In 1980 while researching an article he visited New York’s legendary Downstairs Records — which would later be immortalised with the line “When the Downstairs funky, five days a week, searching and seeking for the Baby Bam beat” from the Jungle Brothers’ ‘The Promo’ on the Straight Out the Jungle album — Silverman noticed that the store was filled with young customers buying seemingly disparate selections from the ‘breakbeat’ section. Upon questioning them he was told, “We buy what Afrika Bambaataa plays.”

Silverman went to see Bambaataa DJ at a local club and was impressed with the way that he mixed records by James Brown and Sly and the Family Stone with Kraftwerk, Cerrone and The Monkees. After cutting a demo of Bambaataa’s set, Silverman enlisted arranger John Robie and DJ/producer Arthur Baker, who had recently found moderate success with the rap novelty single ‘Rap-O-Clap-O’ for Joe Bataan. Utilising some session musicians he had used on a session for Northend’s ‘Happy Days’, Baker, Bambaataa and the rap crew the Jazzy Five cut a version of Gwen McRae’s ‘Funky Sensation’, which they dubbed ‘Jazzy Sensation’. McRae’s record had peaked at number 22 on the Billboard Club Chart that year and its popularity immediately helped Tommy Boy’s version shift an estimated 35,000 units.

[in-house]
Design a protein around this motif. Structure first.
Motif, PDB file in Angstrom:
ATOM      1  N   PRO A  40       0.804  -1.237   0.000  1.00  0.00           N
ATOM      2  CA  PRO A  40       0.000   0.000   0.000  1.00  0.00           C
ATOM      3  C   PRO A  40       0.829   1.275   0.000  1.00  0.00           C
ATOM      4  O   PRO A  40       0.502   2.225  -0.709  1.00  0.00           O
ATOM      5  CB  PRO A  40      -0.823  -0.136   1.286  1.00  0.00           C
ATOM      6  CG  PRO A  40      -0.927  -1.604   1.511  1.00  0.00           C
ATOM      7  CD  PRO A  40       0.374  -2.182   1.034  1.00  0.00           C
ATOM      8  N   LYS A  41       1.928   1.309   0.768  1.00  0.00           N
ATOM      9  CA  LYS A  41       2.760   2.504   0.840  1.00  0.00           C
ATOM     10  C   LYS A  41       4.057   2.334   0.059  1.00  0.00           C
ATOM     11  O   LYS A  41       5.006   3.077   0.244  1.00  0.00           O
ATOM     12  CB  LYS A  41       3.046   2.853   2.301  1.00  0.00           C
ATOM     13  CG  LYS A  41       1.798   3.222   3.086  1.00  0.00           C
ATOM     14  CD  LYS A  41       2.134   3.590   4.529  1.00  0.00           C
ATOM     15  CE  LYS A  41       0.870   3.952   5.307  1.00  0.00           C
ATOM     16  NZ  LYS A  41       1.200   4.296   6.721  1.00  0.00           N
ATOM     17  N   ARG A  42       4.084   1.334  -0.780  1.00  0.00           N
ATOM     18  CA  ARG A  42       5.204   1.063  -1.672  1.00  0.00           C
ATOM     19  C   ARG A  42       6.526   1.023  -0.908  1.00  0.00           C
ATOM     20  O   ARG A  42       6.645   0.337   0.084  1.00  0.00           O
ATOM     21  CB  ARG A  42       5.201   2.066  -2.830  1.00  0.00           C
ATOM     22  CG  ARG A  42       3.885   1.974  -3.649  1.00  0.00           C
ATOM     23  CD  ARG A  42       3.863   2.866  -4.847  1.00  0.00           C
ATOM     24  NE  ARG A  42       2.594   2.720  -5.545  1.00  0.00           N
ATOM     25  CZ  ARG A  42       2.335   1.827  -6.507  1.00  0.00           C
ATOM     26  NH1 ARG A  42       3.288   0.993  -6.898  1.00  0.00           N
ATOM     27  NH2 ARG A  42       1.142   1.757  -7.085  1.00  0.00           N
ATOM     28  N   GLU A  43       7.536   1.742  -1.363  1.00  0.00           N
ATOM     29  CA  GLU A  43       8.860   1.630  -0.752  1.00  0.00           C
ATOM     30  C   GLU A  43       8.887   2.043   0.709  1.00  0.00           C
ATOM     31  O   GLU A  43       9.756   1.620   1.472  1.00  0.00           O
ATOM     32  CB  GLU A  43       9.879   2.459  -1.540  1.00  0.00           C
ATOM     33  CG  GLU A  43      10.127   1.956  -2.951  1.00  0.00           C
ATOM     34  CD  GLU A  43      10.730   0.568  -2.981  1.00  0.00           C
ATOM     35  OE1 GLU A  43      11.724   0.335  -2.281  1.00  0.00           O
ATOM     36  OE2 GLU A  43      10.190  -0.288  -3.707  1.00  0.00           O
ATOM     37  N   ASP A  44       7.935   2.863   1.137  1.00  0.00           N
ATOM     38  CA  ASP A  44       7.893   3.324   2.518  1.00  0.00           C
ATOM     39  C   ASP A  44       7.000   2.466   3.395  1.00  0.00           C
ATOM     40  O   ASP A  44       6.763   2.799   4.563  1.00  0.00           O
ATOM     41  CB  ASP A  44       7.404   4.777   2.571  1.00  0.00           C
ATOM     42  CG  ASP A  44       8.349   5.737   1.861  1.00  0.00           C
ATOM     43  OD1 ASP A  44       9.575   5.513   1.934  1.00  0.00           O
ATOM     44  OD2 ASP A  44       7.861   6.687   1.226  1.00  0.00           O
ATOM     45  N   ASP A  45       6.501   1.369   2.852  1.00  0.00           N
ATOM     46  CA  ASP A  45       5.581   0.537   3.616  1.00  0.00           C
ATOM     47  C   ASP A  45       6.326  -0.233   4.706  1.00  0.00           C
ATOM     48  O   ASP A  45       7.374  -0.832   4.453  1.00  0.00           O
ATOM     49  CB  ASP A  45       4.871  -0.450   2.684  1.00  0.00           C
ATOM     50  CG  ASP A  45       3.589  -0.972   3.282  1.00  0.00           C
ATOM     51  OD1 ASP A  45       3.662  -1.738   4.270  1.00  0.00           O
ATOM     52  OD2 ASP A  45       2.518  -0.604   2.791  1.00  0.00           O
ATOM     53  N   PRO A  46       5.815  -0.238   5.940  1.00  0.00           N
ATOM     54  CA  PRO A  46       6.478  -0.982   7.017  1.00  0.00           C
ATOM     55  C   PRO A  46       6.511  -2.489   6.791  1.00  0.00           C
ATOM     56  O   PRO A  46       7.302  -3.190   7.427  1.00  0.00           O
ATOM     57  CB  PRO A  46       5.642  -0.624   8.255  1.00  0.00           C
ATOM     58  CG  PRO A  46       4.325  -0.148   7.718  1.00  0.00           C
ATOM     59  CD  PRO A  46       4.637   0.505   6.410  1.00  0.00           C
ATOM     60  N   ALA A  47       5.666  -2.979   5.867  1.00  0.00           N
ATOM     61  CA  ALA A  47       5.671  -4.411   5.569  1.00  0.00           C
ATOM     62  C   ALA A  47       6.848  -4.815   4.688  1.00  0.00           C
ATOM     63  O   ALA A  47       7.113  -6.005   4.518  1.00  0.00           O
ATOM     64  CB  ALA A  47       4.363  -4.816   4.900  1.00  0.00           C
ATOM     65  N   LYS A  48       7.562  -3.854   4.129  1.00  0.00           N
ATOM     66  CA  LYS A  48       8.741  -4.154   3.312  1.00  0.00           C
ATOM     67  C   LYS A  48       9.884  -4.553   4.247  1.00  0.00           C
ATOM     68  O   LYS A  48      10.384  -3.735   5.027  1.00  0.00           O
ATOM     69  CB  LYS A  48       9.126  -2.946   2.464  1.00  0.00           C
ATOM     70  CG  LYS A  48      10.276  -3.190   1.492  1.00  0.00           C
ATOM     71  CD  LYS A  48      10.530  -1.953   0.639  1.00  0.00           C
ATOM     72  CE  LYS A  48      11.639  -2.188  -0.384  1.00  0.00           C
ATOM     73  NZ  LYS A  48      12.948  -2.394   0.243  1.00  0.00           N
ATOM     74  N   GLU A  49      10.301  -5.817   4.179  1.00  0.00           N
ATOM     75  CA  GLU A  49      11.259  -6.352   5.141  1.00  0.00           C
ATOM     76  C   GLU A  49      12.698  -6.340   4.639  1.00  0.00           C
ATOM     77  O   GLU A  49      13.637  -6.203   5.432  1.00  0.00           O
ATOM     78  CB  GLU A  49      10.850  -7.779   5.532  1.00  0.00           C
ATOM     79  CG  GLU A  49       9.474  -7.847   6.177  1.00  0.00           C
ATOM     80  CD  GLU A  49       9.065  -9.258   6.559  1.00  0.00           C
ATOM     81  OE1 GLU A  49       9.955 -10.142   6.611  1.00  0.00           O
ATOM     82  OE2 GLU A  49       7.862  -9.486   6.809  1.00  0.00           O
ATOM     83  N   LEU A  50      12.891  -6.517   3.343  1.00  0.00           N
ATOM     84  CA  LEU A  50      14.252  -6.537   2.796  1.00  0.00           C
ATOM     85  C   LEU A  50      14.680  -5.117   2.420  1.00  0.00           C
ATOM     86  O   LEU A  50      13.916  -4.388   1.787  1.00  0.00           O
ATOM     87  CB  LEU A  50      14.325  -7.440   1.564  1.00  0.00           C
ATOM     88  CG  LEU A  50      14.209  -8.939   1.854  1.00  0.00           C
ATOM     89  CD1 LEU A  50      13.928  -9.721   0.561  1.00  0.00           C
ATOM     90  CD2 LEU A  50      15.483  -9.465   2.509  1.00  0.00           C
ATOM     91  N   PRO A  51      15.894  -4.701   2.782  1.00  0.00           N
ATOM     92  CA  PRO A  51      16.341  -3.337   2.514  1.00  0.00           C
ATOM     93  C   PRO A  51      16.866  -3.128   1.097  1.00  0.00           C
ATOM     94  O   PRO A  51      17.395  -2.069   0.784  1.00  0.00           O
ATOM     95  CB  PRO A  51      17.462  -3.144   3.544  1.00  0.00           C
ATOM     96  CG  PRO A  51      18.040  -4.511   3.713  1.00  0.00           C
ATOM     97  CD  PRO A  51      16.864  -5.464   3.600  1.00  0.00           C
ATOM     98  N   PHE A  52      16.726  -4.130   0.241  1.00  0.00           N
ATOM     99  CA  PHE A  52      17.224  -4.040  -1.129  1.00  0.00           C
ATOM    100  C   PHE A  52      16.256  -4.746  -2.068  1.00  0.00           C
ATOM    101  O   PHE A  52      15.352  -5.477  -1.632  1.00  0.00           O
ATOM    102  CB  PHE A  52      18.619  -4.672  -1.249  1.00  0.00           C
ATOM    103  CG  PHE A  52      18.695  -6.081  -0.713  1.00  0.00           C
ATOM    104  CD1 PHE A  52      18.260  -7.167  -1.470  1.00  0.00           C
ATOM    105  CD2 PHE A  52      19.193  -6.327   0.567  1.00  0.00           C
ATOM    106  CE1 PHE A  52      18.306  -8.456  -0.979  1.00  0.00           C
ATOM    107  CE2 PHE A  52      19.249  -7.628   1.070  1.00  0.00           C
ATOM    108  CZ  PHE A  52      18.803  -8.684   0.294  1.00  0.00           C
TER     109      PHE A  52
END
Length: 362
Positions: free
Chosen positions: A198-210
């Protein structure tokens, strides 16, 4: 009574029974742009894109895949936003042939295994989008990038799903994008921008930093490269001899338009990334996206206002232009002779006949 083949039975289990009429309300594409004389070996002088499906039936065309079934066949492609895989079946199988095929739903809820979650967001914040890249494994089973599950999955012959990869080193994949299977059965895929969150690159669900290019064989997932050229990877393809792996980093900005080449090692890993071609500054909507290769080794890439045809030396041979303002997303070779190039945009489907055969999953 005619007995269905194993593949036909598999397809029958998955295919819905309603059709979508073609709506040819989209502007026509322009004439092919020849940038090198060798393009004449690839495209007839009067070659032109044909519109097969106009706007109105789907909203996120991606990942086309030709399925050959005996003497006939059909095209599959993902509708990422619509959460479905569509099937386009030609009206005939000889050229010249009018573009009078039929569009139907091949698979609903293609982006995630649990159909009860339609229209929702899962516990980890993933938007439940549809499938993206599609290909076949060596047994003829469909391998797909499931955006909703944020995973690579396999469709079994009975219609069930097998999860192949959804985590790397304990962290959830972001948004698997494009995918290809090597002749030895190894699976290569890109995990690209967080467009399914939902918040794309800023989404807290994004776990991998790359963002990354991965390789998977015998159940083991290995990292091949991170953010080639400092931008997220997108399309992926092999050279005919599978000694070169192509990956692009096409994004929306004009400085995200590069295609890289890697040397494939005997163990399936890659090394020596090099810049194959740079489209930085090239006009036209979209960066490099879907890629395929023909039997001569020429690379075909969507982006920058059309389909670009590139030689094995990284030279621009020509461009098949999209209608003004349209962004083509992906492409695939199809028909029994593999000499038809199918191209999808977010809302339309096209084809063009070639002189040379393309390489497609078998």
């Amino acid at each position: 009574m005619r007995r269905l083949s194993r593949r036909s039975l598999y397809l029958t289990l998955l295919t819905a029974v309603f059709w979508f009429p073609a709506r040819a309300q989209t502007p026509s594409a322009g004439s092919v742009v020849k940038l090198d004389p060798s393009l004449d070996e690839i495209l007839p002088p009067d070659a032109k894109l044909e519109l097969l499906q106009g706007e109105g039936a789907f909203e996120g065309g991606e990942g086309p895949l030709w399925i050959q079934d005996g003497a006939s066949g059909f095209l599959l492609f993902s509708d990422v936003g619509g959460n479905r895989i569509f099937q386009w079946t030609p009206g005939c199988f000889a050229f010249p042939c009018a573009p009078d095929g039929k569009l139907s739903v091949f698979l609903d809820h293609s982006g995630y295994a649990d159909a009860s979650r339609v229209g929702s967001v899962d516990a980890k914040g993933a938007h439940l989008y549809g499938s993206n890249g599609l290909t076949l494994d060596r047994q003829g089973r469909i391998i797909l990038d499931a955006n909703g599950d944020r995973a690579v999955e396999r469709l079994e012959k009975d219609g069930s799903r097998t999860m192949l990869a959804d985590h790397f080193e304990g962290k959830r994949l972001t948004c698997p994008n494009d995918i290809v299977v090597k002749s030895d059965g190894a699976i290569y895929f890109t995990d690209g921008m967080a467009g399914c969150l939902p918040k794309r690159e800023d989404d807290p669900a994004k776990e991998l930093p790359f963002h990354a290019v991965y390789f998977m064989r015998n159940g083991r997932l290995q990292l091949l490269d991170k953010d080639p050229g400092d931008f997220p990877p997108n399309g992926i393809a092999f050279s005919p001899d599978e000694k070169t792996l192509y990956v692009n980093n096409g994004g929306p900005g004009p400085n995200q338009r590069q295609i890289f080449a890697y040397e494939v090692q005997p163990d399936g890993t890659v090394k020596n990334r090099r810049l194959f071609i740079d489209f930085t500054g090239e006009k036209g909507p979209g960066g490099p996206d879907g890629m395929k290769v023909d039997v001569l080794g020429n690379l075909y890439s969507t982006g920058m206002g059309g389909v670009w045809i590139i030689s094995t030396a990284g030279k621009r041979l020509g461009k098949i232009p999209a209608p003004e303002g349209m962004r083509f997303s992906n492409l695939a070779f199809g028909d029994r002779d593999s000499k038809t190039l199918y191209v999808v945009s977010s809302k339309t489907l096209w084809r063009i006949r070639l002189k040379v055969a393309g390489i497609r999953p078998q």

Its follow up, ‘Planet Rock’, pushed the envelope of what was considered possible for hip hop production by integrating a Kraftwerk-influenced synthesiser melody and an electro beat the radically replaced a traditional snare sound with a ‘clap’. It was also one of the first recorded uses of the Roland TR-808 drum machine (Yellow Magic Orchestra, who were sampled on ‘Planet Rock’, released ‘1000 Knives’ the same year, though it was recorded in 1980). The song was a big hit, equalling 620,000 12” sales, more than enough to repay the $5,000 that Silverman had borrowed from his parents to start the label, although a subsequent lawsuit from Kraftwerk, whose songs ‘Numbers’ and ‘Trans-Euro Express’ were interpolated on ‘Planet Rock’, did not help finances.